This is a single-center, prospective, randomized, blinded, parallel group and controlled trial. Eligible patients are randomly assigned to one of two groups: (1) deep NMB (post-tetanic count, one or two twitches; n = 12) and (2) moderate NMB (train-of-four, 1 to 2 twitches, n = 12) by administration of high-dose rocuronium in Group 1 and a combination of atracurium and mivacurium in Group 2. The NMB in Group 1 is reversed by 4 mg/kg sugammadex; the NMB in Group 2 by 1 mg neostigmine and 0.5 mg atropine. Patients are eligible if they are over 18 years, willing to sign the informed consent form, and are scheduled to undergo an elective laparoscopic renal procedure or laparoscopic prostatectomy. A single surgeon performs the surgeries and rates the surgical conditions on a five-point surgical rating scale (SRS) ranging from 1 (poor surgical conditions) to 5 (excellent surgical conditions). The intra-abdominal part of the surgeries is captured on video and a group of five anesthesiologists and ten surgical experts will rate the videos using the same SRS. The primary analysis will be an intention-to-treat analysis. Evaluation will include the association between the level of NMB and SRS, as obtained by the surgeon performing the procedure and the agreement between the scoring of the images by anesthesiologists and surgeons.
We aim to show that under the right conditions the perceived opposing goals of surgeons and anesthesiologists (optimal surgical conditions vs. optimal postoperative conditions) may be met without compromise to either.
ClinicalTrials.gov identifier NCT01631149.
Anesthesia; Neuromuscular block; Surgical rating scale
Sugammadex is a new drug used for the reversal of neuromuscular blockade by rocuronium or vecuronium, a muscle relaxant used as fast acting.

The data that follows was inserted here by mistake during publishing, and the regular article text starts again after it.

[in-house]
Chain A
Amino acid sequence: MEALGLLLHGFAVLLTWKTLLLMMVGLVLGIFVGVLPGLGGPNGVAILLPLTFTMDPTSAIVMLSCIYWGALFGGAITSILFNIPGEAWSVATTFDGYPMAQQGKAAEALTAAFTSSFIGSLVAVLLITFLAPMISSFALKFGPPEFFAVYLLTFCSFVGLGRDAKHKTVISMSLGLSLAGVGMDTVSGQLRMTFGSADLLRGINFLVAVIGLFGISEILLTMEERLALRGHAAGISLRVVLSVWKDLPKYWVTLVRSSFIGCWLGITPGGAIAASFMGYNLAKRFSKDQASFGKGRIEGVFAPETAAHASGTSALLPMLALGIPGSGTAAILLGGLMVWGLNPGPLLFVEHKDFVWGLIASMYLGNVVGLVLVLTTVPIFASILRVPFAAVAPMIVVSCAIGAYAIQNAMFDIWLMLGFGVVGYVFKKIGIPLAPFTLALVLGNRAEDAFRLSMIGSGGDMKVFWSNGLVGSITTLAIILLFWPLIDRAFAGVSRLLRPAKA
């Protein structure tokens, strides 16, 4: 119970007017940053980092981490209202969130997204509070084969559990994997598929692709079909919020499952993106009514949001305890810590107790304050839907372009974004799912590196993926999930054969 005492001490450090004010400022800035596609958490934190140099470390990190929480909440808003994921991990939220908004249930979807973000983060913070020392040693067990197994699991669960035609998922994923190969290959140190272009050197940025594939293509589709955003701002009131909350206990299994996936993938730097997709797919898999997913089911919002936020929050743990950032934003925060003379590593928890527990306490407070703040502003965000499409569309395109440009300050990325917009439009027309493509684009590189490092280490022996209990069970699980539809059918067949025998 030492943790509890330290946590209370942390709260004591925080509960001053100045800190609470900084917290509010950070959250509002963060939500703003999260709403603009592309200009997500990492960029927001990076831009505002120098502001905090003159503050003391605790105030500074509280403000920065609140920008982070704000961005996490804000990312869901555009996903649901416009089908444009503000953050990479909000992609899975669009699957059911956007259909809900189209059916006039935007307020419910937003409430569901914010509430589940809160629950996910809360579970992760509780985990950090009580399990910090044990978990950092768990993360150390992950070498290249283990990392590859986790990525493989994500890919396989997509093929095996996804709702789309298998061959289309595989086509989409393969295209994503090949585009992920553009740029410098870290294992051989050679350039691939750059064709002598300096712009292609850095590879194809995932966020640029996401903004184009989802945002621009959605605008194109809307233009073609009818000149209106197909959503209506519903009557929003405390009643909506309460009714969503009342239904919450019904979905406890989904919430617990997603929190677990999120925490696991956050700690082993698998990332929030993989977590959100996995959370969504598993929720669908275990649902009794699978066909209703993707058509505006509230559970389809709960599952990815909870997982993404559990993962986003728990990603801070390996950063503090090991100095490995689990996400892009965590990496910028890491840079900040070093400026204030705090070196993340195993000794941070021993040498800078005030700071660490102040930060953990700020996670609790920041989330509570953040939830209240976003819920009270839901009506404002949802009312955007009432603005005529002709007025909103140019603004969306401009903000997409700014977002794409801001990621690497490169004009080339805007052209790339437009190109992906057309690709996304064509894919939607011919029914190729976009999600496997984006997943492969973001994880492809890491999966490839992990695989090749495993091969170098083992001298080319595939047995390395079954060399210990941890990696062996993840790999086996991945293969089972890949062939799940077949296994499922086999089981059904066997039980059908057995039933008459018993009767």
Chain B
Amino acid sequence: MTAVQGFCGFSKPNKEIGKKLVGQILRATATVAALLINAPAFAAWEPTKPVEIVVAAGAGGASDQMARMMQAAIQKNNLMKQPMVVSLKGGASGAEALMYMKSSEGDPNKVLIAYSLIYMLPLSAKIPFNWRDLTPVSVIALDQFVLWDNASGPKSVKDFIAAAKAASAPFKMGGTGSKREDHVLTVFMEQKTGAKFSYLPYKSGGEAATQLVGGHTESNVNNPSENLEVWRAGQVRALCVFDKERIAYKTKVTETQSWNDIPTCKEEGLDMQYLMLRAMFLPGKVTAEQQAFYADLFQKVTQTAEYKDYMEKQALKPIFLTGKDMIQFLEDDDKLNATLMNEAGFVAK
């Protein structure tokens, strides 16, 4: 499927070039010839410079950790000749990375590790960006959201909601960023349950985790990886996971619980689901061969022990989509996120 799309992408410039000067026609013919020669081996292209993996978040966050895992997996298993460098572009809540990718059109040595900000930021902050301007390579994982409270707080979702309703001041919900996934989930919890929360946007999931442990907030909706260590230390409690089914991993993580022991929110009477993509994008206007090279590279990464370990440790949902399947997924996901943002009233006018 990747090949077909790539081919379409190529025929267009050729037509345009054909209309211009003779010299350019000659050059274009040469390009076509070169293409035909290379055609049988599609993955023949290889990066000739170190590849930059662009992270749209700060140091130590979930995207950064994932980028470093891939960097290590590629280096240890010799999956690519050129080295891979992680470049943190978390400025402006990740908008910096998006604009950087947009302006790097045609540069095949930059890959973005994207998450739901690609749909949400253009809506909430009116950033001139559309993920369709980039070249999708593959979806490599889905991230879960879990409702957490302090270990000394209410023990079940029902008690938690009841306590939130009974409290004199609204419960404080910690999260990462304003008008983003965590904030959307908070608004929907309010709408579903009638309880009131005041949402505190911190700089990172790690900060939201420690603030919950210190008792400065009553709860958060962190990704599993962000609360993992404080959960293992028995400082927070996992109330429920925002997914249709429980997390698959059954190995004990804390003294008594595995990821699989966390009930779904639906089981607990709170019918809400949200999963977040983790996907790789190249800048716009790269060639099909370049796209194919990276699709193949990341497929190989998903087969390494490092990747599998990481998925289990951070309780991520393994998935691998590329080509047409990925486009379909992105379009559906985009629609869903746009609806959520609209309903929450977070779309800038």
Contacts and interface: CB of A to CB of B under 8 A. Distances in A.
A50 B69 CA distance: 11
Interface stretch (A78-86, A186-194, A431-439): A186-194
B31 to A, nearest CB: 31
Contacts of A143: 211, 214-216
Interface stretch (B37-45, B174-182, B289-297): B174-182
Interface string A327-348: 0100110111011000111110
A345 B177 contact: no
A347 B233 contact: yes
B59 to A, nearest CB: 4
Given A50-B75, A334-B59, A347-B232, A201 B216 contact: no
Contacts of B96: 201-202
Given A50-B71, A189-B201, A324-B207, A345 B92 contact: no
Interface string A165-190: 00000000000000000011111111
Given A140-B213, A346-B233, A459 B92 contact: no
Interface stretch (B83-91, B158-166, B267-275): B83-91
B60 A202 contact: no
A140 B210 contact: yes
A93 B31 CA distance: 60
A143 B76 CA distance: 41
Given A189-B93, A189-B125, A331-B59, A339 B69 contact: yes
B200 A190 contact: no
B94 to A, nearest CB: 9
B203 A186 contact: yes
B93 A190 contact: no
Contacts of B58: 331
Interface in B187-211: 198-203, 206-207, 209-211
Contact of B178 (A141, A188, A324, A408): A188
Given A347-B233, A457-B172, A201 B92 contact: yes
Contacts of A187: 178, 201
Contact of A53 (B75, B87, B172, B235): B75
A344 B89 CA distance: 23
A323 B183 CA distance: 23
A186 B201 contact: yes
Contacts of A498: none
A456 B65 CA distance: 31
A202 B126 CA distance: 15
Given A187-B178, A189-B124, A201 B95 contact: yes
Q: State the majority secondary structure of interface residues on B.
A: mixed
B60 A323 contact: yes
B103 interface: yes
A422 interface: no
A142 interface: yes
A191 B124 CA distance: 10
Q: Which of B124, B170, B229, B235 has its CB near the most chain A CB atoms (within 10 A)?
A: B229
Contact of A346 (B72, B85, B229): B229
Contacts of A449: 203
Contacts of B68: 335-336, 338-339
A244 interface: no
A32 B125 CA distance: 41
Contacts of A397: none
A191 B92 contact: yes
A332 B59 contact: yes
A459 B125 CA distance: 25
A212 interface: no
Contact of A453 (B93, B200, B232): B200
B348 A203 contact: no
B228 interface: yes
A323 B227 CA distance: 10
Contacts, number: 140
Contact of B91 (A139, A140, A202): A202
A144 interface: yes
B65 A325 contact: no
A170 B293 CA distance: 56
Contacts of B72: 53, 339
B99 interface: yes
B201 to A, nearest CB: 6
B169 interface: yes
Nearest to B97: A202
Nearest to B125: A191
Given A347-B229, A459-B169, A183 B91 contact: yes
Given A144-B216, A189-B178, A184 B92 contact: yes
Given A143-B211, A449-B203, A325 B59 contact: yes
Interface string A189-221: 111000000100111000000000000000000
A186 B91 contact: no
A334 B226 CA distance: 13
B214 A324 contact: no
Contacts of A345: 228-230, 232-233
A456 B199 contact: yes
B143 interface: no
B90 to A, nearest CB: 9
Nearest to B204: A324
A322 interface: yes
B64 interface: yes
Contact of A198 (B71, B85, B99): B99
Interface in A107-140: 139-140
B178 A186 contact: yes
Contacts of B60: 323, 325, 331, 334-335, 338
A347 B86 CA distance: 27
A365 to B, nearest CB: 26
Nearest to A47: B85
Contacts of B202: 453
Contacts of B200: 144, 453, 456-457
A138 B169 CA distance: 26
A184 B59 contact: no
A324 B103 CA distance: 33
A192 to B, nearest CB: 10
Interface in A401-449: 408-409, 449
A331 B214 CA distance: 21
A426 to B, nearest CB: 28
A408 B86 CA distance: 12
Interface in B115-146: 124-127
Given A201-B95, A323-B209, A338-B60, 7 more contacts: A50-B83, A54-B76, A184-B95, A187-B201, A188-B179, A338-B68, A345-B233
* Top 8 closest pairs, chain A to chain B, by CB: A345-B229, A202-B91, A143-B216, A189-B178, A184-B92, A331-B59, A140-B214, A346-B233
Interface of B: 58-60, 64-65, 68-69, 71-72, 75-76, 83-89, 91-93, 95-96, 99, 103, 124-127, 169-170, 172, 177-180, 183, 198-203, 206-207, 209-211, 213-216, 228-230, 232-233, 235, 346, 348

We performed a review of a case of a patient scheduled for osteosynthesis of the ankle with a history of bronchial asthma and sensitization to Dermatophagoides pteronyssinus. After the surgery the patient suffered anaphylaxis, a minute after the use of sugammadex.
We evaluated the drugs used during anesthesia Prick and intradermal, and we obtained positive results with Sugammadex at 1 month, 3 and 6 months. We performed the basophil activation test giving a positive result. Tests show IgE-mediated sensitization with positive skin tests and basophil activation test.
It is believed that prior sensitization may have occurred due to ingestion of cyclodextrins which is present in many foods. The atopic status of this patient may have had some awareness of cyclodextrins. This case has been published as the first documented case of anaphylaxis by sugammadex with normal doses. Our case raises clear that the underlying mechanism of this reaction was an IgE-mediated sensitization.
Neostigmine augments clindamycin-induced neuromuscular block and antagonizes rocuronium-induced neuromuscular block; however, it remains unclear whether neostigmine enhances the neuromuscular blocking (NMB) that is caused by combinations of rocuronium and clindamycin. The intent of this study was to determine whether neostigmine potentiates the muscle relaxation that is induced by combinations of rocuronium and clindamycin and to estimate whether both clindamycin and rocuronium have synergistic actions on NMB.